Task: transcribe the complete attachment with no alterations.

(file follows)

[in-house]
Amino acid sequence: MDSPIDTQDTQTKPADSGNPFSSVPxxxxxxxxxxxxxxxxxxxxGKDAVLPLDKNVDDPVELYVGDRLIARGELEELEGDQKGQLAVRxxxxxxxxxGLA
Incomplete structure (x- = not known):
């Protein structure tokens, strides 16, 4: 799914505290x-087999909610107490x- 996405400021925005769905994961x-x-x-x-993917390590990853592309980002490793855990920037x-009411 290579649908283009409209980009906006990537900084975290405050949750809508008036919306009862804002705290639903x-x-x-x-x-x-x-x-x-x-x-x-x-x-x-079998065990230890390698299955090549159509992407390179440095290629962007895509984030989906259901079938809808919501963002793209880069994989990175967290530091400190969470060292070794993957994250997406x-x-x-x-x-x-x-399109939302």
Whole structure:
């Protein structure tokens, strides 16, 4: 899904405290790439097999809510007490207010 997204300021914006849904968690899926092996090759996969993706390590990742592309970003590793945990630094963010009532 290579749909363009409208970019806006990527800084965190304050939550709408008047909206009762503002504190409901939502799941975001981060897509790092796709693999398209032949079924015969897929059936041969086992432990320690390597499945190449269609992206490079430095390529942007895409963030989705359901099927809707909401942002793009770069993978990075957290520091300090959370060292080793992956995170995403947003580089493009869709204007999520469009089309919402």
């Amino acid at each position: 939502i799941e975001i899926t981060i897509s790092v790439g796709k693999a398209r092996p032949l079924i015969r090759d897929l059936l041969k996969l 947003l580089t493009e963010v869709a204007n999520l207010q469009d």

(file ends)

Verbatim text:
[in-house]
Amino acid sequence: MDSPIDTQDTQTKPADSGNPFSSVPxxxxxxxxxxxxxxxxxxxxGKDAVLPLDKNVDDPVELYVGDRLIARGELEELEGDQKGQLAVRxxxxxxxxxGLA
Incomplete structure (x- = not known):
């Protein structure tokens, strides 16, 4: 799914505290x-087999909610107490x- 996405400021925005769905994961x-x-x-x-993917390590990853592309980002490793855990920037x-009411 290579649908283009409209980009906006990537900084975290405050949750809508008036919306009862804002705290639903x-x-x-x-x-x-x-x-x-x-x-x-x-x-x-079998065990230890390698299955090549159509992407390179440095290629962007895509984030989906259901079938809808919501963002793209880069994989990175967290530091400190969470060292070794993957994250997406x-x-x-x-x-x-x-399109939302």
Whole structure:
């Protein structure tokens, strides 16, 4: 899904405290790439097999809510007490207010 997204300021914006849904968690899926092996090759996969993706390590990742592309970003590793945990630094963010009532 290579749909363009409208970019806006990527800084965190304050939550709408008047909206009762503002504190409901939502799941975001981060897509790092796709693999398209032949079924015969897929059936041969086992432990320690390597499945190449269609992206490079430095390529942007895409963030989705359901099927809707909401942002793009770069993978990075957290520091300090959370060292080793992956995170995403947003580089493009869709204007999520469009089309919402």
């Amino acid at each position: 939502i799941e975001i899926t981060i897509s790092v790439g796709k693999a398209r092996p032949l079924i015969r090759d897929l059936l041969k996969l 947003l580089t493009e963010v869709a204007n999520l207010q469009d």